Under the old rule, taxpayers who itemize could deduct medical expenses exceeding 7.5 percent of their adjusted gross income, or AGI. Obamacare has increased this threshold to 10 percent. For example, an individual with an adjusted gross income of $50,000 can only deduct expenses over $5,000, rather than the $3,750 limit that would have applied under the old rule.
The primary exception is that the 10 percent threshold does not yet apply to people aged 65 and over and their spouses. These folks may continue to use the 7.5 percent threshold through tax year 2016, at which time they will default to the 10 percent framework along with everyone else.
Other key tax breaks that we lost this year are geared primarily toward higher-income households.
We also lost several other popular tax breaks at the end of 2013, which some of us will feel when we file our 2014 returns next year. The higher-education tuition deduction, which allowed taxpayers to deduct between $2,000 and $4,000 of qualified tuition expense, expired at the end of 2013, as did the health care coverage tax credit.
IRA owners aged 70 1/2 and older can no longer distribute up to $100,000 of IRA funds tax-free to charitable organizations. As of 2014, those distributions must be taxed as ordinary income to the account owner before they can go to charity. Teachers are losing above-the-line deductions of up to $250 for unreimbursed educational expenses.
Homeowners also may feel a pinch. As of 2014, homeowners can no longer deduct mortgage insurance premiums as interest. The mortgage debt exclusion has expired, which allowed underwater homeowners to exclude from taxable income the amount of any mortgage debt forgiveness granted to them by a bank.
Many of the tax credits available for energy-efficient home improvements also expired at the end of 2013, including those for home heating and cooling systems, insulation, windows and sealing -- although credits for certain plug-in electric vehicles and solar and wind technologies will remain in effect through 2016.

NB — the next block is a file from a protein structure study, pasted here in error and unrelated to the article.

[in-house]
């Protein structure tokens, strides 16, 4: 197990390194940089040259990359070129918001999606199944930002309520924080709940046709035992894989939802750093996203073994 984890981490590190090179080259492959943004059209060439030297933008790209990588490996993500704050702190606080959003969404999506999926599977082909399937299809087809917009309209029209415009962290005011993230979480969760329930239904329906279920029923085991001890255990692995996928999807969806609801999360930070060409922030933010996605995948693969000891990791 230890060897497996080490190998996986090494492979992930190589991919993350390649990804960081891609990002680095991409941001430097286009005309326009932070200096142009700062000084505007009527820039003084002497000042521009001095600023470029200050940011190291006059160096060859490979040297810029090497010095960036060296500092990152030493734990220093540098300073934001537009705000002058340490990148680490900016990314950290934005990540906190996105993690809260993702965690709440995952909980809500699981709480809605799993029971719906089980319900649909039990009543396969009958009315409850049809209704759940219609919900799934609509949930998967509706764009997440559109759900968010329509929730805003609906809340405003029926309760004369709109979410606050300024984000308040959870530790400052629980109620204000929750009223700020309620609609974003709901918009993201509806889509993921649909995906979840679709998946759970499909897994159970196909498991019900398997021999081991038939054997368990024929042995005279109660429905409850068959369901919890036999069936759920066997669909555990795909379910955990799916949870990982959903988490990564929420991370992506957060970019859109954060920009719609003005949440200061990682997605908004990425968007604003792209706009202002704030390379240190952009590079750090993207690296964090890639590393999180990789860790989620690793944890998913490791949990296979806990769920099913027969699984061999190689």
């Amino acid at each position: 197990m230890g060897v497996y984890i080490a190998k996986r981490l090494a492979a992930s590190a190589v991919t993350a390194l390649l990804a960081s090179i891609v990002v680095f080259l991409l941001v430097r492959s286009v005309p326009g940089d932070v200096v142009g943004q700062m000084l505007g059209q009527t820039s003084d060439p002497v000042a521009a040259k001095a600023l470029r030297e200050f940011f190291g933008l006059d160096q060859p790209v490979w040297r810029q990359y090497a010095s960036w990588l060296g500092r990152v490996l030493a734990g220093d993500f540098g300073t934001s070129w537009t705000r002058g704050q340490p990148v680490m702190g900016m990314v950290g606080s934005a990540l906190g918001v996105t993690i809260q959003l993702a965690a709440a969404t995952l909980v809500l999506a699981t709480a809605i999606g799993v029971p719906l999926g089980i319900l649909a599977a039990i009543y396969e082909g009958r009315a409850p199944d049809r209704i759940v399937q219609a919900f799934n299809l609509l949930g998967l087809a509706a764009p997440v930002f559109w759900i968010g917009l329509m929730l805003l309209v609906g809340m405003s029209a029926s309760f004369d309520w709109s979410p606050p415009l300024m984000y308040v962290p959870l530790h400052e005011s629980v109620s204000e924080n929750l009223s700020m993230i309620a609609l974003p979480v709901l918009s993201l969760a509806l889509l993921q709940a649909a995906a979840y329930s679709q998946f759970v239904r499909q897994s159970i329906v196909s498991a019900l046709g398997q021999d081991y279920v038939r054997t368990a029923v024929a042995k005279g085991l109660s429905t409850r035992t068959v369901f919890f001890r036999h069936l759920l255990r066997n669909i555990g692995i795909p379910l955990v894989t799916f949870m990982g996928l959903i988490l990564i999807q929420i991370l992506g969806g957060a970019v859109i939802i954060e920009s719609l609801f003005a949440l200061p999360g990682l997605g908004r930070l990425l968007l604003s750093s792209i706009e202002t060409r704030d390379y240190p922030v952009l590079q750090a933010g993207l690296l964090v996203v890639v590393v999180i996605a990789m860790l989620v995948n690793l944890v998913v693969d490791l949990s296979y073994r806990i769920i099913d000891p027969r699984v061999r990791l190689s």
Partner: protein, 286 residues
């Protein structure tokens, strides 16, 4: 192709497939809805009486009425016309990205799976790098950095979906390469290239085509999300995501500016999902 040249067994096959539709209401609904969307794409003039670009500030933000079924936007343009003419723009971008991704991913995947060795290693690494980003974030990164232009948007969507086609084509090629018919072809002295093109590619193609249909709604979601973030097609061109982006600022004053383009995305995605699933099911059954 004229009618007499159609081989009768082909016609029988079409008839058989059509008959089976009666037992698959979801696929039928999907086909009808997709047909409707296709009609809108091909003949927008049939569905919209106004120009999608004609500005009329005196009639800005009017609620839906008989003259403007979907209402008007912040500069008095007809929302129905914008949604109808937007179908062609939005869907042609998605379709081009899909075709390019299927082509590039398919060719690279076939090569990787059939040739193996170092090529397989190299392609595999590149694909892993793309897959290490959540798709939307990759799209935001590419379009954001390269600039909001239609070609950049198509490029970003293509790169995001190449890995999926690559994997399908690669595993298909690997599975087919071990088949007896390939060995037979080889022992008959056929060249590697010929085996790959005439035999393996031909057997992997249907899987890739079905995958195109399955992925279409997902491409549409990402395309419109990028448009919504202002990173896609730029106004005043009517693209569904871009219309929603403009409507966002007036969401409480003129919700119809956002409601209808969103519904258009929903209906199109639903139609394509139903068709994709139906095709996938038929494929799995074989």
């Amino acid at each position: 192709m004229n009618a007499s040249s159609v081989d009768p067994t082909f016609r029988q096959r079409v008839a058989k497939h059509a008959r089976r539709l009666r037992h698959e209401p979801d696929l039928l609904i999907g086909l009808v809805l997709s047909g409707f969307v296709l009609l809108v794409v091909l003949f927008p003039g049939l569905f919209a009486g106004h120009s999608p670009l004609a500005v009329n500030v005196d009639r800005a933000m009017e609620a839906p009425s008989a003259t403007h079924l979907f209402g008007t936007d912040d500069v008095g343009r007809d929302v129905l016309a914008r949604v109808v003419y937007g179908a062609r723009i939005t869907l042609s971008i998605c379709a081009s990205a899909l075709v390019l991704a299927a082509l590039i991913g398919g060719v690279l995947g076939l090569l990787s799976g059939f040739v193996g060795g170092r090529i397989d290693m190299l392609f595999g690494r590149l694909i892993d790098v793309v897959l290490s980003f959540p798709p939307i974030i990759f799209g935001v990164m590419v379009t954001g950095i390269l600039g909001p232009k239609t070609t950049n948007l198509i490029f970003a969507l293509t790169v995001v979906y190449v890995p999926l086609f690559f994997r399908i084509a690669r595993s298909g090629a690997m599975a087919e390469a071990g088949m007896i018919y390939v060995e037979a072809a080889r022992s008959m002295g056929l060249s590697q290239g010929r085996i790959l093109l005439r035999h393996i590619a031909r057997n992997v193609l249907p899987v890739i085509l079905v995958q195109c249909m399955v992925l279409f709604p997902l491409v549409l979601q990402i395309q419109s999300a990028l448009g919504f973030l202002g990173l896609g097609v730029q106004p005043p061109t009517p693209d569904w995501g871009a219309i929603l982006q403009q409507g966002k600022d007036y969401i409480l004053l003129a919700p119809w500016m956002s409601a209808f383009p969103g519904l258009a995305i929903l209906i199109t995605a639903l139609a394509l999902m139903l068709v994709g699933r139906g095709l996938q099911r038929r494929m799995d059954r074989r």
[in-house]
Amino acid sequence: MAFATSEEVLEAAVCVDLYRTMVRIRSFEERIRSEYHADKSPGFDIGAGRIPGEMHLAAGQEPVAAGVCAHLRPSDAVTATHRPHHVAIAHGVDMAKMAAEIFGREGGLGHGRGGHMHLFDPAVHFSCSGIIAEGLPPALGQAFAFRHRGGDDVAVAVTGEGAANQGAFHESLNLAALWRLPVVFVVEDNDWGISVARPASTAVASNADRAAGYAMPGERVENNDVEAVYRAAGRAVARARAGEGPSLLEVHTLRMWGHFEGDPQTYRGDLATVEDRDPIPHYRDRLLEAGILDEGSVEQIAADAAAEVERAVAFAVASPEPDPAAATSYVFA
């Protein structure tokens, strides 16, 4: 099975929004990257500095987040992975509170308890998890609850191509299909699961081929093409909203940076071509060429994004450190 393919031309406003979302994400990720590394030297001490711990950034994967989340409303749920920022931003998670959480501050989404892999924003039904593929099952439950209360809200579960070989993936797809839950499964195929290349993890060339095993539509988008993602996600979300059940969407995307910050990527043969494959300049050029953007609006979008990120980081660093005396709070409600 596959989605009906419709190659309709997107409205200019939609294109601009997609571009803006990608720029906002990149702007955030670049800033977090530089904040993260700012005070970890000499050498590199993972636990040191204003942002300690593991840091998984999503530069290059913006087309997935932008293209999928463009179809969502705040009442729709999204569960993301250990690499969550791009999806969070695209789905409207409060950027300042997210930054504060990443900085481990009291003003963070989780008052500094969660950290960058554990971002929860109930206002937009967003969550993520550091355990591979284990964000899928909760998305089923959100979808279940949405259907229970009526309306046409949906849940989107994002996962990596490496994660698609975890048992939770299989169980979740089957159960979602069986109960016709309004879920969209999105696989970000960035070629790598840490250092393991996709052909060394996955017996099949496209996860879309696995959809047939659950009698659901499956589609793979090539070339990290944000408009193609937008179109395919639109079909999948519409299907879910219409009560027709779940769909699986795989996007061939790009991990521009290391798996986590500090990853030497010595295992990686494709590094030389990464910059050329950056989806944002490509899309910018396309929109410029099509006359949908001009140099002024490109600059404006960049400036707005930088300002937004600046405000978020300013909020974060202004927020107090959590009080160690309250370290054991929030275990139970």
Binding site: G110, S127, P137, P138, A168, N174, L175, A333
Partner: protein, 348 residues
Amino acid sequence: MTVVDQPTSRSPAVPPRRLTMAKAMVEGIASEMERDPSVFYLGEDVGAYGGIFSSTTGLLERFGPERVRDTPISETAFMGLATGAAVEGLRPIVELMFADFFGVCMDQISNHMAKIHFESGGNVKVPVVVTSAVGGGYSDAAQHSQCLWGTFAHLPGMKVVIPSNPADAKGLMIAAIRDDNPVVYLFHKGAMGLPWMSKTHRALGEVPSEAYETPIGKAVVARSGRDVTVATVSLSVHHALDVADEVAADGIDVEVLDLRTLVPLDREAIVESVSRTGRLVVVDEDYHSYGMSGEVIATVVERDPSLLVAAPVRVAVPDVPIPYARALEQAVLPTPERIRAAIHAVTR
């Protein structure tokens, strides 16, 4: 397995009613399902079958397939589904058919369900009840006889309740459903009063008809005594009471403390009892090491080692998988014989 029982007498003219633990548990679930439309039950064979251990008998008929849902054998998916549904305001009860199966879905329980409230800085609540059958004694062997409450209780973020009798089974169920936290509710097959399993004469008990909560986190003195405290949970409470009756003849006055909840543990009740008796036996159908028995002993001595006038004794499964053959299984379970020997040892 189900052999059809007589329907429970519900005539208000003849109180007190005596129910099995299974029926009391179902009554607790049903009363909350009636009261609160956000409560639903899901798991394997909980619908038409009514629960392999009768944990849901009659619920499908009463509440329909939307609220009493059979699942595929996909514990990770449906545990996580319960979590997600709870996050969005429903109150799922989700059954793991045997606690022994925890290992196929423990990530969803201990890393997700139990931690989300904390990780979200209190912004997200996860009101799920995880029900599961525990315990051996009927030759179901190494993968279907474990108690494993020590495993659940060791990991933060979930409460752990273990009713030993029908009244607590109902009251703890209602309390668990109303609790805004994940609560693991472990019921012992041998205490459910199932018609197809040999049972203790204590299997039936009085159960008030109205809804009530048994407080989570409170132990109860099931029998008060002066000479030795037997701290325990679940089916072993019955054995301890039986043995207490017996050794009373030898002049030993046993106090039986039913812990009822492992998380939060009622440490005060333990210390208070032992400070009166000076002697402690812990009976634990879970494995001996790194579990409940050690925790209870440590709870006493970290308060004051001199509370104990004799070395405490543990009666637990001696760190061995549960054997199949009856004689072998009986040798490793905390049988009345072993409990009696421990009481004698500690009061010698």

So far, we've focused a lot of attention on tax increases and expired deductions and credits. But what are some of your favorite new tax breaks or deductions available to taxpayers?
As an active supporter of entrepreneurship and small business, I like the simplified home office deduction, particularly since economic contraction has motivated many Americans to start their own home-based businesses.
Under the new rule, you can bypass detailed expense records and simply deduct $5 for every square foot of home office space used, up to a maximum of 300 square feet, or $1,500. The simplified expense is recorded on Schedule C rather than Form 8829, and allows you to separately deduct mortgage interest and real estate taxes on Schedule A.
I also like the new $500 carry-over for health care flexible spending accounts, or FSAs. Employers now can allow employees to carry over up to $500 of any unused balance from the previous year, for use at any time during the next FSA accounting period.